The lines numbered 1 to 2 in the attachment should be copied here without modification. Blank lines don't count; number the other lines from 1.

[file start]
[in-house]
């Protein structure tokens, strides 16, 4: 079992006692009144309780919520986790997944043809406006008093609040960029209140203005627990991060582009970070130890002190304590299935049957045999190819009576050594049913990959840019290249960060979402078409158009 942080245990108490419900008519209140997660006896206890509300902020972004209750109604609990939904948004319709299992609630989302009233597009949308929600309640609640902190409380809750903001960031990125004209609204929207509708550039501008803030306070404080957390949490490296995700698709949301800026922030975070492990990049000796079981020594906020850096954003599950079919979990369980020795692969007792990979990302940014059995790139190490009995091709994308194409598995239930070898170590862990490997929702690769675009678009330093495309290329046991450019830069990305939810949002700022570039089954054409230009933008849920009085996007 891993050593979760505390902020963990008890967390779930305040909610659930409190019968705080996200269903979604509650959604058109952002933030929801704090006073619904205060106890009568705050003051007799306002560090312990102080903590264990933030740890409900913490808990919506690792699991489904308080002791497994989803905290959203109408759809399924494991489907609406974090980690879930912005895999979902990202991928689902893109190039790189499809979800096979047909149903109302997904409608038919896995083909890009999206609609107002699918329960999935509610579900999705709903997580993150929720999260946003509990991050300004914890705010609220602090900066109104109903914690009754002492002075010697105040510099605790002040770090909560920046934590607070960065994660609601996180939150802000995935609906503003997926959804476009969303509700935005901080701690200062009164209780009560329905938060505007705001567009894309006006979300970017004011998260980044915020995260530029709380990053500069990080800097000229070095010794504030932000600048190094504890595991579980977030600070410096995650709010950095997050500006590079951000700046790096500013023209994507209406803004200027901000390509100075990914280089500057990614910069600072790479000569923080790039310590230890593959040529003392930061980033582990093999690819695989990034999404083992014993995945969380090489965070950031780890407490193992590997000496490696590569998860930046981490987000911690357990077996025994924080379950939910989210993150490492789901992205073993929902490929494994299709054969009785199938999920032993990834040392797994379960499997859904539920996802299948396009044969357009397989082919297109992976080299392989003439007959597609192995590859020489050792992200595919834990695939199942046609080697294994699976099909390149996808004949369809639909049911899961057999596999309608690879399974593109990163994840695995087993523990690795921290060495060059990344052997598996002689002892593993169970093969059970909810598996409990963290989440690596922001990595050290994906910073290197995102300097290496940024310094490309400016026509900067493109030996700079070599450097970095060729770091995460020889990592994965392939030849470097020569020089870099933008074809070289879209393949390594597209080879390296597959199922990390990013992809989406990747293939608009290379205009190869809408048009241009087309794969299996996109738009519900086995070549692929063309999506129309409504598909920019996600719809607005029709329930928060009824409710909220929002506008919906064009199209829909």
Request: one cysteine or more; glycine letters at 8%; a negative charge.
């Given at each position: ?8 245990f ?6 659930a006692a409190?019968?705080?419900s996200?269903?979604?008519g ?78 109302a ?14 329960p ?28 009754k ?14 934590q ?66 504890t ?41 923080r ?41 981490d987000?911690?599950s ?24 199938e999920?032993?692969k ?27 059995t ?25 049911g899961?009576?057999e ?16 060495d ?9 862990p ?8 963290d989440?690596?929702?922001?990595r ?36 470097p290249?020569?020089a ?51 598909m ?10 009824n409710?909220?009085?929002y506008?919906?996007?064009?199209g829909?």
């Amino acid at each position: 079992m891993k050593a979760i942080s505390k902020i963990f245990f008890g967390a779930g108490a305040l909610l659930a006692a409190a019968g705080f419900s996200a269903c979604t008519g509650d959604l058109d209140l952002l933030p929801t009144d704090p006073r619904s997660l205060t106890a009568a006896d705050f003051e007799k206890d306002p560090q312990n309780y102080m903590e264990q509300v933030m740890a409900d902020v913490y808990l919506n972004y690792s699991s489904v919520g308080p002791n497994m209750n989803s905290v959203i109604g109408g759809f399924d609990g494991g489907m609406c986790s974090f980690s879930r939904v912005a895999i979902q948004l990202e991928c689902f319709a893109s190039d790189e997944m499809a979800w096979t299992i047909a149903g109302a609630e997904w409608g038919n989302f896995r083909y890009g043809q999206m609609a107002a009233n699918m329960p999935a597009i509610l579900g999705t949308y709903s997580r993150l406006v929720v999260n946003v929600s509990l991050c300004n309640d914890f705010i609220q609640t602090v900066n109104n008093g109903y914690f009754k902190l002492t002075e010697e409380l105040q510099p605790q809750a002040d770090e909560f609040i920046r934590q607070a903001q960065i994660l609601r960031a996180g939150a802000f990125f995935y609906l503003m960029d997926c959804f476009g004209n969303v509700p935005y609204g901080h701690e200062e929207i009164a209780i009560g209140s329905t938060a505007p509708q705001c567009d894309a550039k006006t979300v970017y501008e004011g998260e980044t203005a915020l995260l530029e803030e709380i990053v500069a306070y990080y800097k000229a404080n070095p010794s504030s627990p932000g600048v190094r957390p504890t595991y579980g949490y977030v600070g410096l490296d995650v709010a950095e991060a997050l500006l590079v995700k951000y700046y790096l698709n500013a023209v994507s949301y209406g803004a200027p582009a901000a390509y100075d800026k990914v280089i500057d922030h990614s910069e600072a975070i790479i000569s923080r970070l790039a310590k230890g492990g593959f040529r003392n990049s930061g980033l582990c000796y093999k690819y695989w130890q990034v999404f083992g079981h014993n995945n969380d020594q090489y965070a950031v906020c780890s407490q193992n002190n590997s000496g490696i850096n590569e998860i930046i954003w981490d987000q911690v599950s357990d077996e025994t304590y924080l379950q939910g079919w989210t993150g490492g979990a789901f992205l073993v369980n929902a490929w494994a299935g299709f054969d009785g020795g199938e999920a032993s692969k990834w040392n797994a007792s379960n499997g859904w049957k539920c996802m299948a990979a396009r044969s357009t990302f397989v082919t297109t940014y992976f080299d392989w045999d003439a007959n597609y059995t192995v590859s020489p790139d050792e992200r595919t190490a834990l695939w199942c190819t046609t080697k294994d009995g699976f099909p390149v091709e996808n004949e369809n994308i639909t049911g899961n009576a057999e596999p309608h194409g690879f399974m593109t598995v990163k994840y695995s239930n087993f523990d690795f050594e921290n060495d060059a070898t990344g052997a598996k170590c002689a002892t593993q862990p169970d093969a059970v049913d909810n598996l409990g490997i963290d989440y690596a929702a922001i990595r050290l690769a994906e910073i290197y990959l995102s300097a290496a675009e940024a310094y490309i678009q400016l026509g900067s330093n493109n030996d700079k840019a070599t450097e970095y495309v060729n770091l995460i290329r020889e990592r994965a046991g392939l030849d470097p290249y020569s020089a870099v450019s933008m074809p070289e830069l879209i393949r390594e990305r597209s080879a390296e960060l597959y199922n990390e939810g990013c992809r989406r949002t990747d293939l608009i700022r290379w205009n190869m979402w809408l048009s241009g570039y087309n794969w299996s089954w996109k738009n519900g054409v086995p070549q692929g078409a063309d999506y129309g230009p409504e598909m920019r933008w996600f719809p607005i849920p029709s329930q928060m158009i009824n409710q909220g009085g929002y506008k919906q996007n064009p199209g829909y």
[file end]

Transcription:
[in-house]
């Protein structure tokens, strides 16, 4: 079992006692009144309780919520986790997944043809406006008093609040960029209140203005627990991060582009970070130890002190304590299935049957045999190819009576050594049913990959840019290249960060979402078409158009 942080245990108490419900008519209140997660006896206890509300902020972004209750109604609990939904948004319709299992609630989302009233597009949308929600309640609640902190409380809750903001960031990125004209609204929207509708550039501008803030306070404080957390949490490296995700698709949301800026922030975070492990990049000796079981020594906020850096954003599950079919979990369980020795692969007792990979990302940014059995790139190490009995091709994308194409598995239930070898170590862990490997929702690769675009678009330093495309290329046991450019830069990305939810949002700022570039089954054409230009933008849920009085996007 891993050593979760505390902020963990008890967390779930305040909610659930409190019968705080996200269903979604509650959604058109952002933030929801704090006073619904205060106890009568705050003051007799306002560090312990102080903590264990933030740890409900913490808990919506690792699991489904308080002791497994989803905290959203109408759809399924494991489907609406974090980690879930912005895999979902990202991928689902893109190039790189499809979800096979047909149903109302997904409608038919896995083909890009999206609609107002699918329960999935509610579900999705709903997580993150929720999260946003509990991050300004914890705010609220602090900066109104109903914690009754002492002075010697105040510099605790002040770090909560920046934590607070960065994660609601996180939150802000995935609906503003997926959804476009969303509700935005901080701690200062009164209780009560329905938060505007705001567009894309006006979300970017004011998260980044915020995260530029709380990053500069990080800097000229070095010794504030932000600048190094504890595991579980977030600070410096995650709010950095997050500006590079951000700046790096500013023209994507209406803004200027901000390509100075990914280089500057990614910069600072790479000569923080790039310590230890593959040529003392930061980033582990093999690819695989990034999404083992014993995945969380090489965070950031780890407490193992590997000496490696590569998860930046981490987000911690357990077996025994924080379950939910989210993150490492789901992205073993929902490929494994299709054969009785199938999920032993990834040392797994379960499997859904539920996802299948396009044969357009397989082919297109992976080299392989003439007959597609192995590859020489050792992200595919834990695939199942046609080697294994699976099909390149996808004949369809639909049911899961057999596999309608690879399974593109990163994840695995087993523990690795921290060495060059990344052997598996002689002892593993169970093969059970909810598996409990963290989440690596922001990595050290994906910073290197995102300097290496940024310094490309400016026509900067493109030996700079070599450097970095060729770091995460020889990592994965392939030849470097020569020089870099933008074809070289879209393949390594597209080879390296597959199922990390990013992809989406990747293939608009290379205009190869809408048009241009087309794969299996996109738009519900086995070549692929063309999506129309409504598909920019996600719809607005029709329930928060009824409710909220929002506008919906064009199209829909």